Utilities need to face these challenges with a more aggressive and proactive stance. Although water delivery is perhaps the last “natural monopoly,” water utilities now face a form of increasing “competition” from the booming bottled water industry and manufacturers of point-of-entry devices for home treatment. Utilities must embrace:

• new technological advances and information management systems with open arms;
• more sophisticated asset management plans to optimize existing operations.

In addition, we simply need more investment dollars to ensure the dependability of the infrastructure over the longer-term.

As regulated monopolies, utilities traditionally have not had a marketing orientation – their customer base was pretty much assured. But in the future, that has to change. Utilities have to do a better job of standing up for themselves and “marketing” the true economic value of their product – the great economic bargain that municipal tap water really is for most Americans.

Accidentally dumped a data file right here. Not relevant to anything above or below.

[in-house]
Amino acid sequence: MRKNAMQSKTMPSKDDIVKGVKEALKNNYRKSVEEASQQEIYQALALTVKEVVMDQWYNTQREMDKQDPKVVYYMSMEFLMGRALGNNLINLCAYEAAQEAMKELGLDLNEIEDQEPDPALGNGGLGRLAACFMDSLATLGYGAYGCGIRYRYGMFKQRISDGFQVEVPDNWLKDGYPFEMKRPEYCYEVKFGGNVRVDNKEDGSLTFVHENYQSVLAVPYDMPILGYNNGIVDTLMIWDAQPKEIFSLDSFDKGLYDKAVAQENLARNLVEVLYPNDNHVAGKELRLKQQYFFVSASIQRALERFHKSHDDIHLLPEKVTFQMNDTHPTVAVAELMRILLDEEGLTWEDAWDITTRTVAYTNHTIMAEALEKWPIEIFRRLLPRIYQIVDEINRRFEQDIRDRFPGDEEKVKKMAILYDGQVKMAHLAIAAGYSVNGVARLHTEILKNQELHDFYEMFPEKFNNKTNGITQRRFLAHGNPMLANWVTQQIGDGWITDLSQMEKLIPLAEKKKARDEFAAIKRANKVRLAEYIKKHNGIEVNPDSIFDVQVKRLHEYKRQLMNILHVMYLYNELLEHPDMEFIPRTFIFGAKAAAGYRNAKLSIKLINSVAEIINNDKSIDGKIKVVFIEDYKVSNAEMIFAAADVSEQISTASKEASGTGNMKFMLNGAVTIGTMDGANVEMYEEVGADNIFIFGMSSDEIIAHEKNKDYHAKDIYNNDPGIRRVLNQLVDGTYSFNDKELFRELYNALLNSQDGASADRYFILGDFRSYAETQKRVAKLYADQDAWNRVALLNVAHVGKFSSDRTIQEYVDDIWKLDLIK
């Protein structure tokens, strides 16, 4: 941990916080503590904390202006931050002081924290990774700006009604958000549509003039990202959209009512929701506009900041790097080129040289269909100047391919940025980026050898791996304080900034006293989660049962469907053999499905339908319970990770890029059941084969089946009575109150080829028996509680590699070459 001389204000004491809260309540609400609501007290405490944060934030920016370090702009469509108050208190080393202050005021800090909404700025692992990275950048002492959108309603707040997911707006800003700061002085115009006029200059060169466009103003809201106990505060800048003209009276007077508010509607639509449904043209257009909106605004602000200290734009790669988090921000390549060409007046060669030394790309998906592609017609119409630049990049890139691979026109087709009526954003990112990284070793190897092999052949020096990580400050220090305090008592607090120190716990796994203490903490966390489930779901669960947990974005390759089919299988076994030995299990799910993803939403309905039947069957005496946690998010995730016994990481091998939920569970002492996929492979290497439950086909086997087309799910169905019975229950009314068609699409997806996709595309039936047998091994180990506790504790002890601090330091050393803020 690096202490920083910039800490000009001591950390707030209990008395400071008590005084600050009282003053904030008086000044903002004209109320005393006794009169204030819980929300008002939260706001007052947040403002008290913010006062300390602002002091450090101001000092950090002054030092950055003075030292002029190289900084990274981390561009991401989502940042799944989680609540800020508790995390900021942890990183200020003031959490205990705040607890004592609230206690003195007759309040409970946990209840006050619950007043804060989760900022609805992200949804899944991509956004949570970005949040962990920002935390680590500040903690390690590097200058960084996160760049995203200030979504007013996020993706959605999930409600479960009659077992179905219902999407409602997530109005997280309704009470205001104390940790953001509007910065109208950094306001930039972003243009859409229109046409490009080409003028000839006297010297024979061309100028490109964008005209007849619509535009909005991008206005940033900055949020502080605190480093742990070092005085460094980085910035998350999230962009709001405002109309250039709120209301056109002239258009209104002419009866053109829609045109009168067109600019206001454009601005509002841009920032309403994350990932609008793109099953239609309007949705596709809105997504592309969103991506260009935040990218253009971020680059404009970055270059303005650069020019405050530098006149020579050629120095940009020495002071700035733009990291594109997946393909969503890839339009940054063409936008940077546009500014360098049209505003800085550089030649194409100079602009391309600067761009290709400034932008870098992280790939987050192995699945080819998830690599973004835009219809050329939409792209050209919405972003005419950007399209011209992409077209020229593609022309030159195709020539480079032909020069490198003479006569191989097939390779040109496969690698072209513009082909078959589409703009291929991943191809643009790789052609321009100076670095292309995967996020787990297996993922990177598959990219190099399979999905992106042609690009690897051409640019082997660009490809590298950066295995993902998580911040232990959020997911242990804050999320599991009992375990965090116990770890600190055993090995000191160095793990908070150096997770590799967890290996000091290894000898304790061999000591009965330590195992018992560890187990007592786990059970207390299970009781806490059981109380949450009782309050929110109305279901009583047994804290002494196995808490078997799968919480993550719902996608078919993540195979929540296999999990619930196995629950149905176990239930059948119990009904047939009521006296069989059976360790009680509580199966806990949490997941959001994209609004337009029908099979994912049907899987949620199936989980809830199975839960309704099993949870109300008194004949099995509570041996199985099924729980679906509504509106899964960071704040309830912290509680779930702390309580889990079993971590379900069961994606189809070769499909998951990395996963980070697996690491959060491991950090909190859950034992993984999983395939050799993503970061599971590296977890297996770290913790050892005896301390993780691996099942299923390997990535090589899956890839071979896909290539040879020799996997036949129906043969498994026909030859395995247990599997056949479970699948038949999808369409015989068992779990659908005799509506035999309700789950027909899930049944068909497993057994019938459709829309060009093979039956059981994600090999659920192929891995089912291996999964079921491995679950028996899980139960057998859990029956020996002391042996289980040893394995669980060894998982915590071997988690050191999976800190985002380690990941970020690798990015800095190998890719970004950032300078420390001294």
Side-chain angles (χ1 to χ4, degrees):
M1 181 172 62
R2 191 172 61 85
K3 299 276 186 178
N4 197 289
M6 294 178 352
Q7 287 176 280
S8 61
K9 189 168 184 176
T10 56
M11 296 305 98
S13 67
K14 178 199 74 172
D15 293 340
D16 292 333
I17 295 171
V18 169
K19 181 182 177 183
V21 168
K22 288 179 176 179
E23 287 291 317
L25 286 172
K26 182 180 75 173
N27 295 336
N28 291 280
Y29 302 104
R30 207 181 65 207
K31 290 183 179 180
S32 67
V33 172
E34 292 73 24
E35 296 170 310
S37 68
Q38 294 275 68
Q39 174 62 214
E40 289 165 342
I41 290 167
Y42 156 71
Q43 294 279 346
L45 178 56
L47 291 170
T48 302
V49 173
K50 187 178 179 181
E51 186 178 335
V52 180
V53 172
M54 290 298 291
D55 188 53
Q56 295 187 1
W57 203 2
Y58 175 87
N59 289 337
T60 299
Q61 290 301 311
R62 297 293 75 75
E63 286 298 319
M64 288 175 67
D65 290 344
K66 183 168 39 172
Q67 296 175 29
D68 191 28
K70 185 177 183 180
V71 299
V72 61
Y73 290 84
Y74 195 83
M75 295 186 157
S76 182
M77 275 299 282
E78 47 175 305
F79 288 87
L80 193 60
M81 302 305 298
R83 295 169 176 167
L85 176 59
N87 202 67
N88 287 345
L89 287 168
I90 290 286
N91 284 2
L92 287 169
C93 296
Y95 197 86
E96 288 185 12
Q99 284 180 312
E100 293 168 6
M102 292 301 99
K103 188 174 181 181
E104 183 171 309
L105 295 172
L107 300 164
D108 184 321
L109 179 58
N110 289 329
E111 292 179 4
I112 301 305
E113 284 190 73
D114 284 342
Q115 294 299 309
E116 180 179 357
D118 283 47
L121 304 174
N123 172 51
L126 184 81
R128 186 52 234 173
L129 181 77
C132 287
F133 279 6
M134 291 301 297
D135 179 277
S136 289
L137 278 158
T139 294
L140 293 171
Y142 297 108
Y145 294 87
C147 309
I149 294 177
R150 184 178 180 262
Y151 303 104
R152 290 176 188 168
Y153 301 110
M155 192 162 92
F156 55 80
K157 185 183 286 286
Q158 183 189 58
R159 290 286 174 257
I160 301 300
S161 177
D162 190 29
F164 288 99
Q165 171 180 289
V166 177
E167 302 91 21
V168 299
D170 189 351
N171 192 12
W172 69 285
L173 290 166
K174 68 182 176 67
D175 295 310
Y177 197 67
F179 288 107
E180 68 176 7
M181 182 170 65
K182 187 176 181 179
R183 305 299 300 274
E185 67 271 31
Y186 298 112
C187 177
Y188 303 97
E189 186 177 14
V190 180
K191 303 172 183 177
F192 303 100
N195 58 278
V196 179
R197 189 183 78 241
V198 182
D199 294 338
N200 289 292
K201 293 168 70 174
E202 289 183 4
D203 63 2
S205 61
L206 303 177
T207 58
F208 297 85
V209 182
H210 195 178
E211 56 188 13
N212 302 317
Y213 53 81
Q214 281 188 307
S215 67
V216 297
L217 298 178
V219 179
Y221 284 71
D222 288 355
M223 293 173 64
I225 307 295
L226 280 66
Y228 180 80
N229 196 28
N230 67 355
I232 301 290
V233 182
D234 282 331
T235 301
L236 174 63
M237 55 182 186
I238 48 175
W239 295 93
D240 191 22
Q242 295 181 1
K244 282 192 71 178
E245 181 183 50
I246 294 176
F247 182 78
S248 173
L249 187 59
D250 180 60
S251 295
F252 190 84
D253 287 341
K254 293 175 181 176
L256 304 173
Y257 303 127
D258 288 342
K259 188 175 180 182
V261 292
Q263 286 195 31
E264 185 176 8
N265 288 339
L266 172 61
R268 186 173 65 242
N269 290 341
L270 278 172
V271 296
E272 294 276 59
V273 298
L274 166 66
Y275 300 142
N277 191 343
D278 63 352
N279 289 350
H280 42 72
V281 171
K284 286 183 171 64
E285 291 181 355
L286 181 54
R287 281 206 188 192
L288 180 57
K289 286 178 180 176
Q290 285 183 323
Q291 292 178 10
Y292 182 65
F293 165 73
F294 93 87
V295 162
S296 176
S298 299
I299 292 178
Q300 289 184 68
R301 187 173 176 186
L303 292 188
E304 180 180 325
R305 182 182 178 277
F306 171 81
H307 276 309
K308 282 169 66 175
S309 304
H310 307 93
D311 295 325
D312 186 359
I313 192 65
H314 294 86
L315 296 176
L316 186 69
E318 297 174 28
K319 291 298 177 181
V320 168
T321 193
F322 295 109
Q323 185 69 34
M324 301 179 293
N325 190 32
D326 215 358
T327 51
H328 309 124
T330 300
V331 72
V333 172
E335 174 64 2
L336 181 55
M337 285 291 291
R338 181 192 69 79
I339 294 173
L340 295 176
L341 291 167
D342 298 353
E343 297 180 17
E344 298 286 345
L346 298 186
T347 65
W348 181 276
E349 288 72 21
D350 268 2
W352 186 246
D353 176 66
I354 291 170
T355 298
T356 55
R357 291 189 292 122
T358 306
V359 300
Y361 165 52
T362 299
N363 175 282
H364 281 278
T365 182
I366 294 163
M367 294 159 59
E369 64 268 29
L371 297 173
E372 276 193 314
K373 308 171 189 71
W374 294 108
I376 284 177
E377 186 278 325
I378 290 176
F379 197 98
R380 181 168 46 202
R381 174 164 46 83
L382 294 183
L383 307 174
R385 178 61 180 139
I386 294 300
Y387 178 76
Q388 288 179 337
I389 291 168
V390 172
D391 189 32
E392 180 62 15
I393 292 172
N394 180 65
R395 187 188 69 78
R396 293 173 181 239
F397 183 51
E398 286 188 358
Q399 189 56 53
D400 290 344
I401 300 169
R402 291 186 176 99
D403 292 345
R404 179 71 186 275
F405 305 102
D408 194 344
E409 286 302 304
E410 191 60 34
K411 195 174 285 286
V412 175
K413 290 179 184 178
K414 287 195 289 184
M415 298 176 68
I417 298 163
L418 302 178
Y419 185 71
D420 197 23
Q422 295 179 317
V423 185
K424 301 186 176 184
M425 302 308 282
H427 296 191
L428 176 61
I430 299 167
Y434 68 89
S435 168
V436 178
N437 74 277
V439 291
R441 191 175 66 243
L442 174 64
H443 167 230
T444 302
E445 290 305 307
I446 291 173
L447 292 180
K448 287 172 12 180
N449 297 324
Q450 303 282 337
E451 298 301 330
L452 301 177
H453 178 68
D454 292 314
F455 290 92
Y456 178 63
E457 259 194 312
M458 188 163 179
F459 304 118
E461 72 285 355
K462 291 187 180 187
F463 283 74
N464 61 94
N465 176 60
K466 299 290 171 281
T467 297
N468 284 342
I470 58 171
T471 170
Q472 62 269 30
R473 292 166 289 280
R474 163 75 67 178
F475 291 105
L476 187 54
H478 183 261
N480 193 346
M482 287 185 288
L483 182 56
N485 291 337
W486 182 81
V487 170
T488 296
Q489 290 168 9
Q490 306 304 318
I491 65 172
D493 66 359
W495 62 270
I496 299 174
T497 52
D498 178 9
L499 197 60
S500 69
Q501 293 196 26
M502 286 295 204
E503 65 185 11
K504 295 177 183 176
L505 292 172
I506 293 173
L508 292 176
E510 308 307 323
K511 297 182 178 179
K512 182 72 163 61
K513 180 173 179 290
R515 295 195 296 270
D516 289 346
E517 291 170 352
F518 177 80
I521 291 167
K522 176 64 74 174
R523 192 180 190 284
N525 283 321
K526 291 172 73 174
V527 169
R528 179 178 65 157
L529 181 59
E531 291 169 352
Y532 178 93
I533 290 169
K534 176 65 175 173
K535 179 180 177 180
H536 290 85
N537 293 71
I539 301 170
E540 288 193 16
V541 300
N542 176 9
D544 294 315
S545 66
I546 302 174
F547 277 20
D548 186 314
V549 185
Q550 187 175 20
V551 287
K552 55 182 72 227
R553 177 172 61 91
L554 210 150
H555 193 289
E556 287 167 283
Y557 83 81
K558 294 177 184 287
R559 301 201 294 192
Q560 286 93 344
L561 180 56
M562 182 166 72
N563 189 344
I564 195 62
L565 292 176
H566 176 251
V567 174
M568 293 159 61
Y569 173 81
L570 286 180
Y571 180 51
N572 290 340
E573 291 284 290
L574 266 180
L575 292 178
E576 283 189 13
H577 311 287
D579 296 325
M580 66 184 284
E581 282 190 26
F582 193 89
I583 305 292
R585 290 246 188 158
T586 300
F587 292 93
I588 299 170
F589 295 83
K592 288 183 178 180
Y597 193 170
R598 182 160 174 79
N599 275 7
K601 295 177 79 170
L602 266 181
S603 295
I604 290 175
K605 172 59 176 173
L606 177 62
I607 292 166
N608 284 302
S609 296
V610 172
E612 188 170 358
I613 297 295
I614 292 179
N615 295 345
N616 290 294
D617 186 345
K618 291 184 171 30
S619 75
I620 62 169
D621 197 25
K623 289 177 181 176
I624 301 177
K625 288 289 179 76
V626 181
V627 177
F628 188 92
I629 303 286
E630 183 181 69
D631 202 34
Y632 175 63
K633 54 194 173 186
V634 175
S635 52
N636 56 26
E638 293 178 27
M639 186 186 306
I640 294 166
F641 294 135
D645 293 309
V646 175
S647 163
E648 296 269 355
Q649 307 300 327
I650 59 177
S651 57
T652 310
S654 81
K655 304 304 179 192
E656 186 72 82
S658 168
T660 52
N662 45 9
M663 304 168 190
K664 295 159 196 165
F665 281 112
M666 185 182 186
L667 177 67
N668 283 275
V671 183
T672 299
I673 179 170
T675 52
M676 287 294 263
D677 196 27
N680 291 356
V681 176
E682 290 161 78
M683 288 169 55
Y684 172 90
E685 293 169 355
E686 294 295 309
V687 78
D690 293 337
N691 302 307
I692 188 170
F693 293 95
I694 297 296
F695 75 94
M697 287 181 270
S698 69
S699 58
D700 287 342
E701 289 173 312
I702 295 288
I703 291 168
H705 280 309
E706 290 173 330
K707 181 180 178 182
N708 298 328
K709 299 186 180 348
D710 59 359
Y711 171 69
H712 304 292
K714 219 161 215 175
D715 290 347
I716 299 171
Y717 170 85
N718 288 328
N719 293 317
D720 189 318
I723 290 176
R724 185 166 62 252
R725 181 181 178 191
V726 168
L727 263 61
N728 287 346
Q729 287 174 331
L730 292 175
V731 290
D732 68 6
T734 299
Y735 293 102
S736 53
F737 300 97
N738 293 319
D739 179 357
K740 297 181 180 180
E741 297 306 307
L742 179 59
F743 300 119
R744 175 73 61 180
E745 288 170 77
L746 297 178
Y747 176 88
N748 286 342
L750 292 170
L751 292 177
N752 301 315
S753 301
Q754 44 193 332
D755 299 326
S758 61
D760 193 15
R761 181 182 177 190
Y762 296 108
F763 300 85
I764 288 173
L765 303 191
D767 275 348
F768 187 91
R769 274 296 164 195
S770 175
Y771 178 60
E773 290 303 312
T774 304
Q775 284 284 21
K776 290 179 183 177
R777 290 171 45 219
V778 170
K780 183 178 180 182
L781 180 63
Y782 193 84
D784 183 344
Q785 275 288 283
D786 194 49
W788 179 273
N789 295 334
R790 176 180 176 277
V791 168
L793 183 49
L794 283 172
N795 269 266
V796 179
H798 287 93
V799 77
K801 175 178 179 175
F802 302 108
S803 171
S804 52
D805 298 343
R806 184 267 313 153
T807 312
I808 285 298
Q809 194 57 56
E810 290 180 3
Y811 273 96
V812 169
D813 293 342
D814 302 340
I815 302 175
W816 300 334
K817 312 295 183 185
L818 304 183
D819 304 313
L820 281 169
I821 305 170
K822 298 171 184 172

If utilities take a greater leadership role in helping the public better understand the challenges and benefits of the public drinking water system, they can make a difference in their own bottom lines while making an invaluable contribution to the solution of the world’s water problems. Utility leaders – along with their municipal bosses – must have the courage to stand up and tell the truth about the inevitability of price increases, so that future communities will have the necessary funds to maintain infrastructure and avoid massive problems.

From a broader economic perspective, advancing technology definitely has a role to play, but it must be supplemented with full-cost pricing of water and much smarter economic and public policy with respect to its use. Better education and awareness programs must be implemented to help the public truly understand the nature of the hydrologic cycle and human interaction with it. The biggest challenge will be designing public policies that can simultaneously treat water more as an economic commodity and as a basic “human right” – something that all people need to live. Certainly enough challenges exist to go around, but for the smart, innovative, and aggressive players, the opportunities are boundless.